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TakeNote

Clemson University

Voices of the Valley (2012)

3.0

December 31, 2012

Tuning / Blend 4.0
Energy / Intensity 3.0
Innovation / Creativity 3.0
Soloists 3.3
Sound / Production 3.7
Repeat Listenability 3.0
Tracks
1 Kaleidoscope Heart 3.7
2 King of Anything 4.0
3 Alone 3.0
4 Cowboy Casanova 3.3
5 Ordinary People 4.0
6 Energy 3.7
7 Heartbreaker 3.0
8 Thinking Over 3.0
9 Love the Way You Lie 3.7
10 Battlefield 3.0
11 Telephone 3.7

Recorded 2009 – 2012
Total time: 37:26, 11 songs


Tuning / Blend 3
Energy / Intensity 3
Innovation / Creativity 3
Soloists 4
Sound / Production 3
Repeat Listenability 3
Tracks
1 Kaleidoscope Heart 4
2 King of Anything 4
3 Alone 3
4 Cowboy Casanova 3
5 Ordinary People 4
6 Energy 3
7 Heartbreaker 3
8 Thinking Over 3
9 Love the Way You Lie 4
10 Battlefield 3
11 Telephone 5

Clemson's TakeNote fulfills the promise of its sound best on the pure electronic take of Telephone. A strong, sassy lead soars over an ocean of robotic, enhanced voices and thumpy produced beats. It's best if you don't think about whether this all-female collegiate group actually sounds remotely like this live; just dance and enjoy.

Where the group ventures closer to rock, things get weaker. The backs are neither purely rockin' singers nor purely "instrumental" sounding. Artificially tuned and effected scat is the go-to choice for TakeNote; it isn't always what the song and arrangement call for.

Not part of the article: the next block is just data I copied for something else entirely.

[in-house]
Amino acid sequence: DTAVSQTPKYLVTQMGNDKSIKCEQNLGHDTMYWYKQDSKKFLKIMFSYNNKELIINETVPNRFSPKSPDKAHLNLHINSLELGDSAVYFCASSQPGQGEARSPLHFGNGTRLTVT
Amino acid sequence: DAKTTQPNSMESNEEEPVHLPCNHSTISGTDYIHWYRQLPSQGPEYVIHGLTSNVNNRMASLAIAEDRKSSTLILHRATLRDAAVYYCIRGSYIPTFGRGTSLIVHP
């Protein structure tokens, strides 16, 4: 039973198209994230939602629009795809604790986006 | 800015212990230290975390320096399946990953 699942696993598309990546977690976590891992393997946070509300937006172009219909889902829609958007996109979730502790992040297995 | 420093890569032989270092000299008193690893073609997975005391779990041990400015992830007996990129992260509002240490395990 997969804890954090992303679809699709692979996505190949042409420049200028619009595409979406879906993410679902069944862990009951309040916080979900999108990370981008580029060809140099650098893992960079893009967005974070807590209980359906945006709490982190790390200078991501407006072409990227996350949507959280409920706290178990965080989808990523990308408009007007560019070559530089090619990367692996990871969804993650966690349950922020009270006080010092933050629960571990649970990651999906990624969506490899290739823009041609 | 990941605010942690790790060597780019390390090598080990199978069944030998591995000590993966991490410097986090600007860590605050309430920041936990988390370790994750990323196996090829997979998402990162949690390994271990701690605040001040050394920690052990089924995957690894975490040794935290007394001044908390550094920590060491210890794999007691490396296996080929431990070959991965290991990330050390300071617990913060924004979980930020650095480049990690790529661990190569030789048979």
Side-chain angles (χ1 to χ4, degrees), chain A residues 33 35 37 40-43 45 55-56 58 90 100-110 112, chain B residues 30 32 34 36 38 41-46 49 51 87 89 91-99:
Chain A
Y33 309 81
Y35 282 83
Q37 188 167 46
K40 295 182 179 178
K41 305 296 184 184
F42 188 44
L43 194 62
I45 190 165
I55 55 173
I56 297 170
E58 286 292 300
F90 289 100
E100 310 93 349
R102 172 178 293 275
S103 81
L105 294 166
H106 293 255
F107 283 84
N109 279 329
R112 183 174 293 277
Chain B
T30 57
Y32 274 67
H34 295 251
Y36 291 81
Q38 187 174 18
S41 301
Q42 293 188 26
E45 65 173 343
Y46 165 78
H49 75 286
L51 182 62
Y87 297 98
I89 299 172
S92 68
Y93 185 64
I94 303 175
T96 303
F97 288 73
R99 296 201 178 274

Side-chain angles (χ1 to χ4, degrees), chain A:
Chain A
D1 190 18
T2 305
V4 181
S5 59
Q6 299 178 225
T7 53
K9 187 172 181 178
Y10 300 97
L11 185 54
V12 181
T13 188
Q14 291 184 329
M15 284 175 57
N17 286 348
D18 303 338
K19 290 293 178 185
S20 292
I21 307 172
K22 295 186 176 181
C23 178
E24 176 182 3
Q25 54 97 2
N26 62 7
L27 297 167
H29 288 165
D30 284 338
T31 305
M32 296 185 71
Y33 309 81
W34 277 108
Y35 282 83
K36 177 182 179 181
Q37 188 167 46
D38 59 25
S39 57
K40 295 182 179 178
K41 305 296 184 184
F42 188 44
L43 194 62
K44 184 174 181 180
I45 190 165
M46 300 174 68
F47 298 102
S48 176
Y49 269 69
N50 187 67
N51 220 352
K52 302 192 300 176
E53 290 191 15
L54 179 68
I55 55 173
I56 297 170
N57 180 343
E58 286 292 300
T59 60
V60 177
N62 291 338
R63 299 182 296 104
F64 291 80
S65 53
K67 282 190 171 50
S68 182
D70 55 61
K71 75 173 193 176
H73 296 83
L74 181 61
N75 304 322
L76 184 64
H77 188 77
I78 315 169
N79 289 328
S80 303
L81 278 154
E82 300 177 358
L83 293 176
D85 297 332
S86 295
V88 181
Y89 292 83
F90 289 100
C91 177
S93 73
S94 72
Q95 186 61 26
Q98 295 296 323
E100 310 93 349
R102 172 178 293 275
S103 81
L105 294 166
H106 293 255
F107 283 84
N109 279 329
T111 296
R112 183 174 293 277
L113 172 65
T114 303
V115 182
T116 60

Just as the beauty of an actress relies on make-up and lighting, TakeNote's sound on Voices of the Valley rests similarly on the arrangers, editors, and producers. A movie star may be given a gently alluring glow, or embarrassingly collagenated duck lips and silicone sweaterbusters. Some would argue that the latter works, but most would agree its success is tenuous. TakeNote struggles as the group attempts to strike the right balance between the unamplified collegiate singing style and its computerized, effected, somewhat evil doppleganger (TOS Spock with goatee). It's a similar struggle to the one the ladies face regarding a song's instant recognition vs. the creativity of unexpected musical choices.

Where once RARB's category "Tuning/blend" referred simply to how in-tune the singing was, in today's studio reality, the category must now encompass artificiality, and its musical appropriateness. When chords sound robotic, listeners use this as an identifier of style and genre. Sometimes it's the perfect effect, giving an electronic edge to a vocal take of an electronica song (Telephone). Sometimes it just sounds fake and awkward (duck lips). Clemson's TakeNote, like many a cappella groups, may have had very little to do with these choices, which can involve something as technical and picayune as the number of milliseconds in which a given note is brought to true pitch by a computer program like Auto-Tune or Melodyne. Technical though it may be, it's a dominant element in experiencing Voices of the Valley.

This isn't to say that TakeNote doesn't find moments to rise above. The powerful leads of Ordinary People and Love the Way You Lie make a lasting impression, and many moments within other songs are also quite good.

If the arrangements had more decisively diverged from the originals, if there had been more unexpected twists (like one of the harmonic choices in Telephone), if the backs had phrased with even greater intensity and grace, then the impact of Voices of the Valley would have been more significant and more affecting. But what's here will surely please fans, friends and family, and that's not too shabby. 


3
Tuning / Blend 5
Energy / Intensity 3
Innovation / Creativity 3
Soloists 3
Sound / Production 5
Repeat Listenability 3
Tracks
1 Kaleidoscope Heart 3
2 King of Anything 4
3 Alone 3
4 Cowboy Casanova 4